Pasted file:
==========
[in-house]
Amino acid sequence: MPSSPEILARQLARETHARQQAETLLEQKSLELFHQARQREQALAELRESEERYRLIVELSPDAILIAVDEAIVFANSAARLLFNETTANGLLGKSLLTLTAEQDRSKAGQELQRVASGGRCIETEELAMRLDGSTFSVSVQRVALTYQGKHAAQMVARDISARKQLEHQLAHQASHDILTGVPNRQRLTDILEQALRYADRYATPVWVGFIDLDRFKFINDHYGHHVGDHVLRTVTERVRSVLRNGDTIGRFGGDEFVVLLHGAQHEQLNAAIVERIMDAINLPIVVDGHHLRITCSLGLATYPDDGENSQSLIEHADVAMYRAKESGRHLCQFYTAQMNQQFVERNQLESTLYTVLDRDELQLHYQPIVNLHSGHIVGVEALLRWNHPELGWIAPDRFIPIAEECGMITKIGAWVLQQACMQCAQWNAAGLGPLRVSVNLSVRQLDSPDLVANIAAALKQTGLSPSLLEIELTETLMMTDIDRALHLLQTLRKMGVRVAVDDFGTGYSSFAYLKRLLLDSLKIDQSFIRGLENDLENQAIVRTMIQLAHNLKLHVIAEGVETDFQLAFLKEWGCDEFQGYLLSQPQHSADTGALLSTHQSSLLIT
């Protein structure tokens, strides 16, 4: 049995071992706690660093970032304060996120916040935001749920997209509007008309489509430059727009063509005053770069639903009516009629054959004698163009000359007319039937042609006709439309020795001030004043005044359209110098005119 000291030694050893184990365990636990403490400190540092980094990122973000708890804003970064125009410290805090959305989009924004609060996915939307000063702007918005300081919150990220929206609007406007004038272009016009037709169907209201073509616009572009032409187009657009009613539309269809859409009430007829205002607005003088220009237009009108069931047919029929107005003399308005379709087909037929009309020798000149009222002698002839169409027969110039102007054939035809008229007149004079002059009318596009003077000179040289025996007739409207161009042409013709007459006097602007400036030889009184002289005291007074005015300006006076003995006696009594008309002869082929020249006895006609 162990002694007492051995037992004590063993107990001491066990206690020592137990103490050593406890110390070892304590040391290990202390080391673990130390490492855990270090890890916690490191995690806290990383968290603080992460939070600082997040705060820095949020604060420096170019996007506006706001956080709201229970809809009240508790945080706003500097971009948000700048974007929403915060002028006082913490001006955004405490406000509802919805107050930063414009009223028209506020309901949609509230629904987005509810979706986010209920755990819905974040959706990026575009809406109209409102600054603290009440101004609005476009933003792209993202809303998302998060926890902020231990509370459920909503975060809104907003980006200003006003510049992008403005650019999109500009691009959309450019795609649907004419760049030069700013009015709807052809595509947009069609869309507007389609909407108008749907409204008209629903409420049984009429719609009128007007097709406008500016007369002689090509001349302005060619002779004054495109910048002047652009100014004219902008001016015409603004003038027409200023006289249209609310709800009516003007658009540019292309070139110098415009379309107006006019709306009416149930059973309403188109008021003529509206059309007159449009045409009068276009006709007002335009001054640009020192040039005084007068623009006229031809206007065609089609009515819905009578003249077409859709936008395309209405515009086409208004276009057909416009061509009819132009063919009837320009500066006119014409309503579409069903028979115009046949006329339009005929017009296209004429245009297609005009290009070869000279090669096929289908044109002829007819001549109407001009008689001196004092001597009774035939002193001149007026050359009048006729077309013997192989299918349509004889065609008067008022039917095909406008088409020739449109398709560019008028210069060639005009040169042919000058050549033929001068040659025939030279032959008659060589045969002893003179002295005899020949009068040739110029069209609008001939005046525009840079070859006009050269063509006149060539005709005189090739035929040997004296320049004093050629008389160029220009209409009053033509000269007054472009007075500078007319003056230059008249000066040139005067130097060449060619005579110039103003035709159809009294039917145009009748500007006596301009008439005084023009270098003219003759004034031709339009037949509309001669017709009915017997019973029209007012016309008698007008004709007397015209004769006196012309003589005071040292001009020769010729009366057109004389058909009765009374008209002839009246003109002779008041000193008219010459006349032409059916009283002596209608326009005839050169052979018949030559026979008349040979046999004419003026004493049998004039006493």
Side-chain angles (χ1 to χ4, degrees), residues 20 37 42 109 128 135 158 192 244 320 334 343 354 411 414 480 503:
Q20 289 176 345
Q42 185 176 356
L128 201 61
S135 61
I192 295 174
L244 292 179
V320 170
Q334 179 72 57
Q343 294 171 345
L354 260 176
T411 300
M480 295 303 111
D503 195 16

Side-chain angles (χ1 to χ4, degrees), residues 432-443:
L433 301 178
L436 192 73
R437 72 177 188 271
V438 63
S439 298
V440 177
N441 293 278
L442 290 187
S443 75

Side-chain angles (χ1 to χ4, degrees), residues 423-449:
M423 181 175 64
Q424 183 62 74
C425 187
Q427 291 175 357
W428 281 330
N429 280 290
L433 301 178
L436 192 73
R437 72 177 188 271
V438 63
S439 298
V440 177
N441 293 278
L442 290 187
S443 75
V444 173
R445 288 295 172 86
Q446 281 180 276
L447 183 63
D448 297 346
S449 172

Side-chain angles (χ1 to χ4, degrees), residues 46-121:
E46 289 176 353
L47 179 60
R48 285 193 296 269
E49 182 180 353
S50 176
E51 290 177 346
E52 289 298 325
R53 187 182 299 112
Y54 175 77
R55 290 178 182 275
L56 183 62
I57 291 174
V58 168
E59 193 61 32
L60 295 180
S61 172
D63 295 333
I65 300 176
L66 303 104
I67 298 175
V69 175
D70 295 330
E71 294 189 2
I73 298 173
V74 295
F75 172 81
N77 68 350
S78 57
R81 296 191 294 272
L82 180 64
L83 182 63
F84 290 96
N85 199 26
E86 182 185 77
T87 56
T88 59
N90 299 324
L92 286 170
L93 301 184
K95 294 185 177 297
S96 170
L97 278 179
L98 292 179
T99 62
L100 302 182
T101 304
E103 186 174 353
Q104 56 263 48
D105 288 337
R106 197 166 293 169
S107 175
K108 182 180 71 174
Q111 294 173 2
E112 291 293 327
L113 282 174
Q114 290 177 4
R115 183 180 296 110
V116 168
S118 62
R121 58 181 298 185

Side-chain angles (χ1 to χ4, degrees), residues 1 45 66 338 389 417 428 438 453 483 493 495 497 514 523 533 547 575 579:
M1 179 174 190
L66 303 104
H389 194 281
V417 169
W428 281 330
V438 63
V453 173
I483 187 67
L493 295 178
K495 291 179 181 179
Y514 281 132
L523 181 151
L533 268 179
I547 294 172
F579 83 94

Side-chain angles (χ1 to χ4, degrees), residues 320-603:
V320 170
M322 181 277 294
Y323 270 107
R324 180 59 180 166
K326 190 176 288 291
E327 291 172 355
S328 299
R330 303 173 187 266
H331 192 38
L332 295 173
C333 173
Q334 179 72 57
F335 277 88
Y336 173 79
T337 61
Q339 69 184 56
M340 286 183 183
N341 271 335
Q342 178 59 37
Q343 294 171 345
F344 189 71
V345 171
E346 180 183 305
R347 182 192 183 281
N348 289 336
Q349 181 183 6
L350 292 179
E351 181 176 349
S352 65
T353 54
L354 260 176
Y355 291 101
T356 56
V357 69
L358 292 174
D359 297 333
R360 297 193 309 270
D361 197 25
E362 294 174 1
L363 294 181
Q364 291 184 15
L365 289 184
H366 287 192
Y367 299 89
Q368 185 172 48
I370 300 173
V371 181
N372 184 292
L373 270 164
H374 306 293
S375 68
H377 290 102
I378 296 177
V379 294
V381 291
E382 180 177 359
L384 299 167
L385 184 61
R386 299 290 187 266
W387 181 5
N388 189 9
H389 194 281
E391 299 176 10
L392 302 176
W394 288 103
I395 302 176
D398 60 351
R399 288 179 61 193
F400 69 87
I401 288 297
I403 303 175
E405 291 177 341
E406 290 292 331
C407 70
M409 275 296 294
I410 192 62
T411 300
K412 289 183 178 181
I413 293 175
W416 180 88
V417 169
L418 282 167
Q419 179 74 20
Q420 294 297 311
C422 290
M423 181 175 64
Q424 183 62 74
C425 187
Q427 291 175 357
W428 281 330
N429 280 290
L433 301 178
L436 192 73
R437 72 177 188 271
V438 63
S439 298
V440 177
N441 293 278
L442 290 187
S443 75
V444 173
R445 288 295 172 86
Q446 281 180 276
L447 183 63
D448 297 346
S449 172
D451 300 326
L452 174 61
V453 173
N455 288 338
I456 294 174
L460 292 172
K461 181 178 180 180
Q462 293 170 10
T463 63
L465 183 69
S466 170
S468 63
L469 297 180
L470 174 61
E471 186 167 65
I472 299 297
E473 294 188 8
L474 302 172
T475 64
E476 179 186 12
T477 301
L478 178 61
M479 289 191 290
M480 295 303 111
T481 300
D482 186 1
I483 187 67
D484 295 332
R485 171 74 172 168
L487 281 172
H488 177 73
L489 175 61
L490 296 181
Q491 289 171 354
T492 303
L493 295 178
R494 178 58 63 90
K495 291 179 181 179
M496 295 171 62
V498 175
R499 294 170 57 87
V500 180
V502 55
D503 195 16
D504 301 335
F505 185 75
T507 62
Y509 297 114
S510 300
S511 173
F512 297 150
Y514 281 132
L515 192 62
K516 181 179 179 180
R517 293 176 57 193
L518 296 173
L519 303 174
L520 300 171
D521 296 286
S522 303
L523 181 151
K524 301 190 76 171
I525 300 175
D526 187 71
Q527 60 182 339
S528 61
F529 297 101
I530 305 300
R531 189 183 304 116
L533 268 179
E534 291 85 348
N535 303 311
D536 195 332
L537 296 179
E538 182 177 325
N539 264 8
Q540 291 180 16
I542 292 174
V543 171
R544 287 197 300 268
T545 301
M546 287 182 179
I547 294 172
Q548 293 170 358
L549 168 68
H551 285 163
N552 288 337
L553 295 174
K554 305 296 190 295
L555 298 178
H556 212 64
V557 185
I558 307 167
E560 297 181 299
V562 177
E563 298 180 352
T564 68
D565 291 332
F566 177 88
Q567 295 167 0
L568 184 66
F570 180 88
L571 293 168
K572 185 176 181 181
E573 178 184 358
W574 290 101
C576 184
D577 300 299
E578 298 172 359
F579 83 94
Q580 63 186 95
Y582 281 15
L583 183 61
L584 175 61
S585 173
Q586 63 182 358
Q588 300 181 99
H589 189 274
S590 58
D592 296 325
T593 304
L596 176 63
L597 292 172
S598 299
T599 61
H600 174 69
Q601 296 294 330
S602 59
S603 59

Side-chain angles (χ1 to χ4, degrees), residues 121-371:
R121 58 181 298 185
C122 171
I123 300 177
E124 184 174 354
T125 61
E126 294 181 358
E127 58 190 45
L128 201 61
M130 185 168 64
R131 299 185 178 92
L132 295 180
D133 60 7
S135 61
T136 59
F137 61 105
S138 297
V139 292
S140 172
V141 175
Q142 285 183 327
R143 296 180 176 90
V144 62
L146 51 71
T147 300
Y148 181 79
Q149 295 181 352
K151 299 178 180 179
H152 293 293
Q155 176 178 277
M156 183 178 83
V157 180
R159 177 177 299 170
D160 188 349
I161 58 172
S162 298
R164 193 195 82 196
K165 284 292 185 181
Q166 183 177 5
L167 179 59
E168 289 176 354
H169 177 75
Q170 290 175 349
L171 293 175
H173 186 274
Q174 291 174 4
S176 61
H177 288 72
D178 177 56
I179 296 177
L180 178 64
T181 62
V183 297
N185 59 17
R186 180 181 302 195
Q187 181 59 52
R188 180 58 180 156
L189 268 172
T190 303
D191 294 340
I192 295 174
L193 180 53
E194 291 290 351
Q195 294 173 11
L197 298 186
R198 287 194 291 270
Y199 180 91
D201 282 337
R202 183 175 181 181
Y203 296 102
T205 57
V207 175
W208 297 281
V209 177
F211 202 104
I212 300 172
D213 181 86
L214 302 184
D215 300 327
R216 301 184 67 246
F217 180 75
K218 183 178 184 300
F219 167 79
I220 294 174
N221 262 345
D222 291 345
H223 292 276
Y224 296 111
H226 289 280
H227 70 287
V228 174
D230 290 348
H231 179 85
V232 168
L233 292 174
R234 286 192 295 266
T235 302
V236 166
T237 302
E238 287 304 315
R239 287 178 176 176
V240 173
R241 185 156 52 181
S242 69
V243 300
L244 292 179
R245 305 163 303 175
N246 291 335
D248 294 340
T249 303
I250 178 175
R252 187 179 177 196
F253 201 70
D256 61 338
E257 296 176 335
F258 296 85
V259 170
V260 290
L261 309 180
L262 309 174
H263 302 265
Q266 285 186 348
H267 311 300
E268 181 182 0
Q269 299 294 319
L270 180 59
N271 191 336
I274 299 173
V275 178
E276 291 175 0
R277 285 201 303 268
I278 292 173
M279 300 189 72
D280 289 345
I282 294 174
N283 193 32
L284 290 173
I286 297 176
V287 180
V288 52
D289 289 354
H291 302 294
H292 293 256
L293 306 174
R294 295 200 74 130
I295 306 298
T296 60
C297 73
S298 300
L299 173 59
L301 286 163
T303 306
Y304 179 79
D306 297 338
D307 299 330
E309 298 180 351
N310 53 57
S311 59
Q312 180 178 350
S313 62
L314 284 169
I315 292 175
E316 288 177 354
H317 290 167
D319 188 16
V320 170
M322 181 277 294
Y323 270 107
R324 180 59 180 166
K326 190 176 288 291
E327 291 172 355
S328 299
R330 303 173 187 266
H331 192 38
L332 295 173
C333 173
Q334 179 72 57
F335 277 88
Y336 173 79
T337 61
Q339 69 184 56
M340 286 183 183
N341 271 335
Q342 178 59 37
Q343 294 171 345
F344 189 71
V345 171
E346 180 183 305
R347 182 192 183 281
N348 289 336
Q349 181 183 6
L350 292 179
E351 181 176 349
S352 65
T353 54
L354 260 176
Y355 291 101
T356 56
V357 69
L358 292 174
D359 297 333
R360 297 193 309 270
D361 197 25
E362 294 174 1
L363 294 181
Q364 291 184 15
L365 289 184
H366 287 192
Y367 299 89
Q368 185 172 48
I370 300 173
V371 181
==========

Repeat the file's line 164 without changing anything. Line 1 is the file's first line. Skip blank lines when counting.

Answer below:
R360 297 193 309 270